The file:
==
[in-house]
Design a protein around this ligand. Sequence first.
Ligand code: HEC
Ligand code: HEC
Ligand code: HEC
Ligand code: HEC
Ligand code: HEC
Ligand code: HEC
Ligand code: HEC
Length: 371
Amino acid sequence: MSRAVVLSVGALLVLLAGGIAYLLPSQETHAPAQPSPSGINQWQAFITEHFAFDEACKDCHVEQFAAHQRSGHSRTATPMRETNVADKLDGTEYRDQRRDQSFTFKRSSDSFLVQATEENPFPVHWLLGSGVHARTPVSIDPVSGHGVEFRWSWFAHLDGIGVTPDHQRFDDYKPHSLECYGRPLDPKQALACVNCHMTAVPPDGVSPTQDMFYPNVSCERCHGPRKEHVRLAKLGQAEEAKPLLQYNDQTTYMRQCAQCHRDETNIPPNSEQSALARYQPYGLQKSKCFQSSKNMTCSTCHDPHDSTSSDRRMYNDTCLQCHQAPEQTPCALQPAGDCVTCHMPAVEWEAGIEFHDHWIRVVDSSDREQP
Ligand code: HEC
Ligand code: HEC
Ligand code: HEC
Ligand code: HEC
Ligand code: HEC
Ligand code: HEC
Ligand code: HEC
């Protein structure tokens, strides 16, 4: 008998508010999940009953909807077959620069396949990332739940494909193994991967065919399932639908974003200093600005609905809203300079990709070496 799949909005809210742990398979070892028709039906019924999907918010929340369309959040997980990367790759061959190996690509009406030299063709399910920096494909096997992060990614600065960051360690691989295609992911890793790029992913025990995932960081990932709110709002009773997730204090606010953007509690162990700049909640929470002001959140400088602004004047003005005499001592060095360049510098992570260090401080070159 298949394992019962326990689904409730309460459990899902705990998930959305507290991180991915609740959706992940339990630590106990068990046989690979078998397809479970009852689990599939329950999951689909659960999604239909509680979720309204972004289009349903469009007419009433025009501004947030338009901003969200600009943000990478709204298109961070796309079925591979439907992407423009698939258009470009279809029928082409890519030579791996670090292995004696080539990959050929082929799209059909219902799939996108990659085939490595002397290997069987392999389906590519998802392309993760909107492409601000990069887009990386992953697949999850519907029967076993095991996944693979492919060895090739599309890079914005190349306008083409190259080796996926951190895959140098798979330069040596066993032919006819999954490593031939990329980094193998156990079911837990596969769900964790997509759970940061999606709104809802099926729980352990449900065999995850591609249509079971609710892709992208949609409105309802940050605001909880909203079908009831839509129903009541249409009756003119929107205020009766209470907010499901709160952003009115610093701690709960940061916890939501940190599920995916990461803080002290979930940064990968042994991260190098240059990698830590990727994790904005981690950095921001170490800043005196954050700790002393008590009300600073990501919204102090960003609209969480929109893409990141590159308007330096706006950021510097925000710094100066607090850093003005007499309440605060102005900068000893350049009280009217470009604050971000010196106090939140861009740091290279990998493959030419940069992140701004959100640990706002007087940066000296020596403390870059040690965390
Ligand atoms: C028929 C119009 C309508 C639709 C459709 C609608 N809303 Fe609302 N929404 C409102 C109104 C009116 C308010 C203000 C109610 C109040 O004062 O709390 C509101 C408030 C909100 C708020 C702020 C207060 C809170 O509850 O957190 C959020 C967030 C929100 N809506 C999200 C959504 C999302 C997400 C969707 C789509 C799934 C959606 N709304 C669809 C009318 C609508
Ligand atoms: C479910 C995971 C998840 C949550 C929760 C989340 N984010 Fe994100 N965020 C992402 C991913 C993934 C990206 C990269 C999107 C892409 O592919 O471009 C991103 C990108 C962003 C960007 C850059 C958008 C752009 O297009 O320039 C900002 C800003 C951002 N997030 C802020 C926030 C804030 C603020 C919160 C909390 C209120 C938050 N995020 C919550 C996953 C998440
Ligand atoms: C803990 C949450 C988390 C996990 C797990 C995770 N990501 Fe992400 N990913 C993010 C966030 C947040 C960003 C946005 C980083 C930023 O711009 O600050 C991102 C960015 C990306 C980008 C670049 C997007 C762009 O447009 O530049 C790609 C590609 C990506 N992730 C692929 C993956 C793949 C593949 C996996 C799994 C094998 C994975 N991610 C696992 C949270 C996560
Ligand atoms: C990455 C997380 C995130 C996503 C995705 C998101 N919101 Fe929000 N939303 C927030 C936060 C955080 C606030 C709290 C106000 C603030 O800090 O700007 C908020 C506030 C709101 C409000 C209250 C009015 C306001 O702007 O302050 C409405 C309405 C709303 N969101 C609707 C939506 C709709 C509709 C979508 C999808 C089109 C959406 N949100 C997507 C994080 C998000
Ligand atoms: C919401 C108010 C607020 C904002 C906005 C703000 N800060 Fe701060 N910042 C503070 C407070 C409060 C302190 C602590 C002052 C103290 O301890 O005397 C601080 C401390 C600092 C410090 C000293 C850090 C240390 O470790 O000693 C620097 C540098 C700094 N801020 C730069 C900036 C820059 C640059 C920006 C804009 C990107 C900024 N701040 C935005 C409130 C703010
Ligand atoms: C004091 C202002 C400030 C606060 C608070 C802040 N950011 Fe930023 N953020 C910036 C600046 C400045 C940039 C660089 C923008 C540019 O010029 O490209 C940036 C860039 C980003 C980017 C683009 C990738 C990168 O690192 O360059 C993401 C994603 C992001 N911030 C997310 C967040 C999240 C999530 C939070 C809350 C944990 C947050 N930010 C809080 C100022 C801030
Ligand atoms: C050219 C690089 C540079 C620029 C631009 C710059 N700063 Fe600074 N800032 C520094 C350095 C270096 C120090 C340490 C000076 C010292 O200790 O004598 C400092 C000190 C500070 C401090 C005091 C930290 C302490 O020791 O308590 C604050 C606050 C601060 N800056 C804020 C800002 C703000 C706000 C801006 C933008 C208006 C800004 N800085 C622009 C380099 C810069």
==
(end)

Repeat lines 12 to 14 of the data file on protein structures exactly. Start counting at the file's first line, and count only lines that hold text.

Ligand code: HEC
Ligand code: HEC
Ligand code: HEC